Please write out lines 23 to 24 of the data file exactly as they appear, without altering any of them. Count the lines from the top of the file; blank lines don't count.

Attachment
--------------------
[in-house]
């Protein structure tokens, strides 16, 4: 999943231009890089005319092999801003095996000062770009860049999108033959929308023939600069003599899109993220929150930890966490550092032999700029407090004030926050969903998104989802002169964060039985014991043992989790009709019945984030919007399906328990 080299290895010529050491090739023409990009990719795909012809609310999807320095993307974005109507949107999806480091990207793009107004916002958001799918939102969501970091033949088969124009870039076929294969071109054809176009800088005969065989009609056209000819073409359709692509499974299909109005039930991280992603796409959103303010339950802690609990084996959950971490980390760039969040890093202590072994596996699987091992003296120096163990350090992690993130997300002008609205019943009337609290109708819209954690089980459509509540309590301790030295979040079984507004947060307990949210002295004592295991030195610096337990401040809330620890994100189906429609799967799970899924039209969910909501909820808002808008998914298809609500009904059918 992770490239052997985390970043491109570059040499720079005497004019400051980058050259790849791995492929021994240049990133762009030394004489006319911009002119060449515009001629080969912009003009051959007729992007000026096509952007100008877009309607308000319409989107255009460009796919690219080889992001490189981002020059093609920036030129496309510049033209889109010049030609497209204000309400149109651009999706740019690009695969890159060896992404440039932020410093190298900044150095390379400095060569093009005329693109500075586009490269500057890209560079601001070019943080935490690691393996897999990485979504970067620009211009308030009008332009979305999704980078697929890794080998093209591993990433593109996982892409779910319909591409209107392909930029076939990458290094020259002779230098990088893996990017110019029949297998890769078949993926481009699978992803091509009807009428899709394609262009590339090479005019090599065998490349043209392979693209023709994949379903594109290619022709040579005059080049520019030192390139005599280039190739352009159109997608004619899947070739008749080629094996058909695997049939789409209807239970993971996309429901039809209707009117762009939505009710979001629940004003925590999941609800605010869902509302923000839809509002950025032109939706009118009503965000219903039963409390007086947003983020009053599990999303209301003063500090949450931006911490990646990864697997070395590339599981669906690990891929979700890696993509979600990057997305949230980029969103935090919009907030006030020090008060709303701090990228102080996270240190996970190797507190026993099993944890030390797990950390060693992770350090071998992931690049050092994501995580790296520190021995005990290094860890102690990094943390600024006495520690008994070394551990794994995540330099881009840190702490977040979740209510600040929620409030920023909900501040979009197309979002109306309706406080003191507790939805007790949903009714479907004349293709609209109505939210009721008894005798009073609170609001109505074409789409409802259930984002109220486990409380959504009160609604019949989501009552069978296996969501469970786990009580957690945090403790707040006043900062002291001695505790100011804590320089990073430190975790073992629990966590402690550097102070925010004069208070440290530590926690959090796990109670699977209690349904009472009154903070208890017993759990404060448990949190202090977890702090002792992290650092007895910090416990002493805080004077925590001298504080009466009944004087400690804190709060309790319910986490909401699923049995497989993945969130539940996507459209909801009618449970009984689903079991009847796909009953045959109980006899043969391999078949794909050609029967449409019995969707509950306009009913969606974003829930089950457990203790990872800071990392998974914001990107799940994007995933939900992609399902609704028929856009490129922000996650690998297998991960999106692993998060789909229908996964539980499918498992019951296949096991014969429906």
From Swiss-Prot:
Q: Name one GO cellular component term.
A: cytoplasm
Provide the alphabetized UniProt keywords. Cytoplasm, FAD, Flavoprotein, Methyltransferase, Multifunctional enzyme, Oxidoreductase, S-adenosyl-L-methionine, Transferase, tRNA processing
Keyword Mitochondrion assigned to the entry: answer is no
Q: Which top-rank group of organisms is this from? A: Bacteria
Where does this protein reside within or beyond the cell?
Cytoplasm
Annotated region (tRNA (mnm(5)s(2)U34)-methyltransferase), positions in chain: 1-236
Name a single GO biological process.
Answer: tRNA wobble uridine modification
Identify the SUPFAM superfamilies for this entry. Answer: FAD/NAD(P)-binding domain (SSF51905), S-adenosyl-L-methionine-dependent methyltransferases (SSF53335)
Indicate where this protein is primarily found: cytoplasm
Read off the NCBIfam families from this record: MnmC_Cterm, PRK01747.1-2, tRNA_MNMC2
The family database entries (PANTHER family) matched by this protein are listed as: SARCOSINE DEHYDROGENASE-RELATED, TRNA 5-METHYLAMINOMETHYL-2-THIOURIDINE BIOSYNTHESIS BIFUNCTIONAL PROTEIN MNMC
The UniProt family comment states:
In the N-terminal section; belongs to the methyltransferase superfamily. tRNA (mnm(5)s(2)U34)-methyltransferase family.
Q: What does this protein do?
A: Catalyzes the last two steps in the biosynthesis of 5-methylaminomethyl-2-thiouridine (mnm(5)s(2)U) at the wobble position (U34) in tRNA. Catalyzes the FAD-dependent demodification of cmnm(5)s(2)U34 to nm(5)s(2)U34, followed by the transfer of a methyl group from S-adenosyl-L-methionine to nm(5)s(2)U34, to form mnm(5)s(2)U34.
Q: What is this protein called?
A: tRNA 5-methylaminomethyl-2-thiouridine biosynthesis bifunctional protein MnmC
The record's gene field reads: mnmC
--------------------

A: tRNA 5-methylaminomethyl-2-thiouridine biosynthesis bifunctional protein MnmC
The record's gene field reads: mnmC